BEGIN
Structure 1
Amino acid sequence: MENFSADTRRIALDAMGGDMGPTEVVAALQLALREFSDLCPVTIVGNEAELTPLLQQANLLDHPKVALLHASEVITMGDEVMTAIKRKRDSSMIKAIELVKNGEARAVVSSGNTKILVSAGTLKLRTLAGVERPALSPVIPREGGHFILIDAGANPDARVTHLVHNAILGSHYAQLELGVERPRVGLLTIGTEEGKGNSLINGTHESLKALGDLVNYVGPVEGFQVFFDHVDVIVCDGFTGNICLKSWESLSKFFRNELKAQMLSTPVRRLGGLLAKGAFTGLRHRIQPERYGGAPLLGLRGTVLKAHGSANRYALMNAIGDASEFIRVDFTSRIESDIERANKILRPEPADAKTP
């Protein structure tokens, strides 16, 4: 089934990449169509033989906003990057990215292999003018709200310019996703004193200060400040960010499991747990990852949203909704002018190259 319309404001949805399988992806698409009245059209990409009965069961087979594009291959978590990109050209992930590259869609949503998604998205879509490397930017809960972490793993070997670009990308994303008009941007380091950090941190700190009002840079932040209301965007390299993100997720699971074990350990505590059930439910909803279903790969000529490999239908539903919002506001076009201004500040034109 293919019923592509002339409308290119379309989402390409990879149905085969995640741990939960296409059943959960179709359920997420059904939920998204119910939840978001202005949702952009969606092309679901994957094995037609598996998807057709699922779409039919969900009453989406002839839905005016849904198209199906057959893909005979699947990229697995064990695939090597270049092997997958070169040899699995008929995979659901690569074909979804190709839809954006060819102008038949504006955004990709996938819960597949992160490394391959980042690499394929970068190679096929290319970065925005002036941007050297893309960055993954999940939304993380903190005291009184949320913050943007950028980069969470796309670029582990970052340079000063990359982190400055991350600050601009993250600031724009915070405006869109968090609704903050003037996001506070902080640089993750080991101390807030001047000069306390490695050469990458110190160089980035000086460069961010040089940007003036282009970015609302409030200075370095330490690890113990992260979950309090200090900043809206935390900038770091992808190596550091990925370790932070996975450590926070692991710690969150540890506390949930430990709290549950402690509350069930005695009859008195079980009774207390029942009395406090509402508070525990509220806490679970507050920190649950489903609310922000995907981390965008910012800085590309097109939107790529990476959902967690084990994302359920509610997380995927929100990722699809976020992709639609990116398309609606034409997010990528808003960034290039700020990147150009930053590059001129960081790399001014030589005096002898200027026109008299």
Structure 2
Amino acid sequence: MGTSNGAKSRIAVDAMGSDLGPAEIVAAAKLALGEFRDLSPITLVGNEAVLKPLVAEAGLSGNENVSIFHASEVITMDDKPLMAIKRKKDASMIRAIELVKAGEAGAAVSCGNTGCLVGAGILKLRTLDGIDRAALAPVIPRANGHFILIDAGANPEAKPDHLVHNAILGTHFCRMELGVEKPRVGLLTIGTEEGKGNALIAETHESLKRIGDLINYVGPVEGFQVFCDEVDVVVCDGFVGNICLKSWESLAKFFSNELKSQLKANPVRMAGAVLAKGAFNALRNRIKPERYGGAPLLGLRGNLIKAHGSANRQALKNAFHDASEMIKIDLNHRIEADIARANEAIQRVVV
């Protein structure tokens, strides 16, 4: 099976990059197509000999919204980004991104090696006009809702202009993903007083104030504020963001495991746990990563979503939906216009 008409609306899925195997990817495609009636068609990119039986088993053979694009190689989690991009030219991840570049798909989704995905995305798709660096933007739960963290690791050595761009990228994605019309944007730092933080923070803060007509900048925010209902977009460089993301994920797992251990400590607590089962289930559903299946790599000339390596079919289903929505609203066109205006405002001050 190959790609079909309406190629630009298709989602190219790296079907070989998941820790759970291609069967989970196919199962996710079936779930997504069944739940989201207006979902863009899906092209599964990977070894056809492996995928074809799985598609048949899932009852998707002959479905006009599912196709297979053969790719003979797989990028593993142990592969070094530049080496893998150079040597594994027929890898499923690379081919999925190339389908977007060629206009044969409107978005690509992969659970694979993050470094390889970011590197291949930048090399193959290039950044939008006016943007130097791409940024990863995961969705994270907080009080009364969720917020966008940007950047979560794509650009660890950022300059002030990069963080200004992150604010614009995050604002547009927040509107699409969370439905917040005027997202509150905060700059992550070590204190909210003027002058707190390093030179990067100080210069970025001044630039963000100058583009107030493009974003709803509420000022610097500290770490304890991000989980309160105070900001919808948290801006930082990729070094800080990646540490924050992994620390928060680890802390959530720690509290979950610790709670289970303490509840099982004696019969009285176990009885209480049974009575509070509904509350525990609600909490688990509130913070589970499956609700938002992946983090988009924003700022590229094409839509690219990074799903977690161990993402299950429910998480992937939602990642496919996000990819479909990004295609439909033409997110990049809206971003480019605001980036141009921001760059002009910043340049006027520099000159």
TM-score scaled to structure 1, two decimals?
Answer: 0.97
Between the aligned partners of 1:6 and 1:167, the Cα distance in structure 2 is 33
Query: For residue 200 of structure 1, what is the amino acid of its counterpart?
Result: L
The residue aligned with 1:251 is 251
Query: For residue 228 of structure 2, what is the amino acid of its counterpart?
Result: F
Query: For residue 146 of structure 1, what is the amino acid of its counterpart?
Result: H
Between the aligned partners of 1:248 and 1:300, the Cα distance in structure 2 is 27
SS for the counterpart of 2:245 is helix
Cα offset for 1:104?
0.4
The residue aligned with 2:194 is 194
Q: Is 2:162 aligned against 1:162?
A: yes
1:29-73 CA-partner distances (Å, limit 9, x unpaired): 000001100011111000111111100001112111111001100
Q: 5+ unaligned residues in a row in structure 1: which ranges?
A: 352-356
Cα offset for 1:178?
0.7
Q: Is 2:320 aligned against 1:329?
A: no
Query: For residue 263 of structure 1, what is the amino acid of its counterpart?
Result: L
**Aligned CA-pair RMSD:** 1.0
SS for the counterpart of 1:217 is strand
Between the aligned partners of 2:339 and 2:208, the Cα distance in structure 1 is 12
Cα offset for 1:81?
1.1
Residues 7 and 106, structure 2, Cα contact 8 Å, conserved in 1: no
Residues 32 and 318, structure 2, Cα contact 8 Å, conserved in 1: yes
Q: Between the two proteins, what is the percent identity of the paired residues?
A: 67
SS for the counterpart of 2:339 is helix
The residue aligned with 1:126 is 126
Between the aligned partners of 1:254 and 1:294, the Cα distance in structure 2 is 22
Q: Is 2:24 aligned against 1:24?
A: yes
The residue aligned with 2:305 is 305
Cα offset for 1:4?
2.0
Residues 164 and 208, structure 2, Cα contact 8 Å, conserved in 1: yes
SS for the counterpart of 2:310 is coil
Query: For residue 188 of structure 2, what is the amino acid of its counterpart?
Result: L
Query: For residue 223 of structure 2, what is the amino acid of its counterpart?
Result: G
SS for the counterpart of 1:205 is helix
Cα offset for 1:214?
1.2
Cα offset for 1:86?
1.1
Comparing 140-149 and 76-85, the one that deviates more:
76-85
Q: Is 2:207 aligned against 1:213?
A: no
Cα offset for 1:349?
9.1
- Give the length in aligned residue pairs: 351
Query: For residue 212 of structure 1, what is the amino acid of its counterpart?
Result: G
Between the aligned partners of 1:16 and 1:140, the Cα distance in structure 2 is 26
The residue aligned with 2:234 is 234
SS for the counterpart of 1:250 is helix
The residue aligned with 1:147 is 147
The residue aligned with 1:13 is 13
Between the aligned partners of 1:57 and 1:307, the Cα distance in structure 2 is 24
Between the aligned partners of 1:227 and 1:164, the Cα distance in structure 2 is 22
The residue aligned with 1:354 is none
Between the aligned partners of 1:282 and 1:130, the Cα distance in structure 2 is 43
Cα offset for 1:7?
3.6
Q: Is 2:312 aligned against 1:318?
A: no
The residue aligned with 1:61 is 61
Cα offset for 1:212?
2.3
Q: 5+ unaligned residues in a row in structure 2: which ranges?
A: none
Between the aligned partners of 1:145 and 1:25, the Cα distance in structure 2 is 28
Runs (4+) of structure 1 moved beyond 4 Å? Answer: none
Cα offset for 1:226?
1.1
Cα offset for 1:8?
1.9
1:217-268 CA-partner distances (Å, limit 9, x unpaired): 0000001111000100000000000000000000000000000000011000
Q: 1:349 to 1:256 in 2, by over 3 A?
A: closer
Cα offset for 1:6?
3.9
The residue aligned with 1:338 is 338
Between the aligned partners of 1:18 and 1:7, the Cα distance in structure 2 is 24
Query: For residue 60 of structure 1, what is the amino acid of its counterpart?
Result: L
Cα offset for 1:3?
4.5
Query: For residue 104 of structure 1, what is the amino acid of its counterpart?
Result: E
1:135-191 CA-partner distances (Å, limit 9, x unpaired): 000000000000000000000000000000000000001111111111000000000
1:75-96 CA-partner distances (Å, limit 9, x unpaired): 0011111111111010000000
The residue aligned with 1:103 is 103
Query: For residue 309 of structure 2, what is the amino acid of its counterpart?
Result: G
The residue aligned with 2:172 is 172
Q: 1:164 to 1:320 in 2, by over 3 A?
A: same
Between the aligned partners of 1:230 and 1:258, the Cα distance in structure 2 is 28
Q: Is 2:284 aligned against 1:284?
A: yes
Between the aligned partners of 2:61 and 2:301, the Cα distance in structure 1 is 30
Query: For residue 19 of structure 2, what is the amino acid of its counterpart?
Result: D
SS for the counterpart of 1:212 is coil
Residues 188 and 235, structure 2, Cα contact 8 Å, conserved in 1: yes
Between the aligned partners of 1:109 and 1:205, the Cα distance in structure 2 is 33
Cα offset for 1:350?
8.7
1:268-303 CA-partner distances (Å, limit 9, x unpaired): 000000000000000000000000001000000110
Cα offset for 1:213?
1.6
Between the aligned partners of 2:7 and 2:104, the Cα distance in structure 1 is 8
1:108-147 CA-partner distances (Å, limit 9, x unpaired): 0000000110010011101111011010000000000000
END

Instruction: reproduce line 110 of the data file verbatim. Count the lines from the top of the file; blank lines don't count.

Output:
Query: For residue 309 of structure 2, what is the amino acid of its counterpart?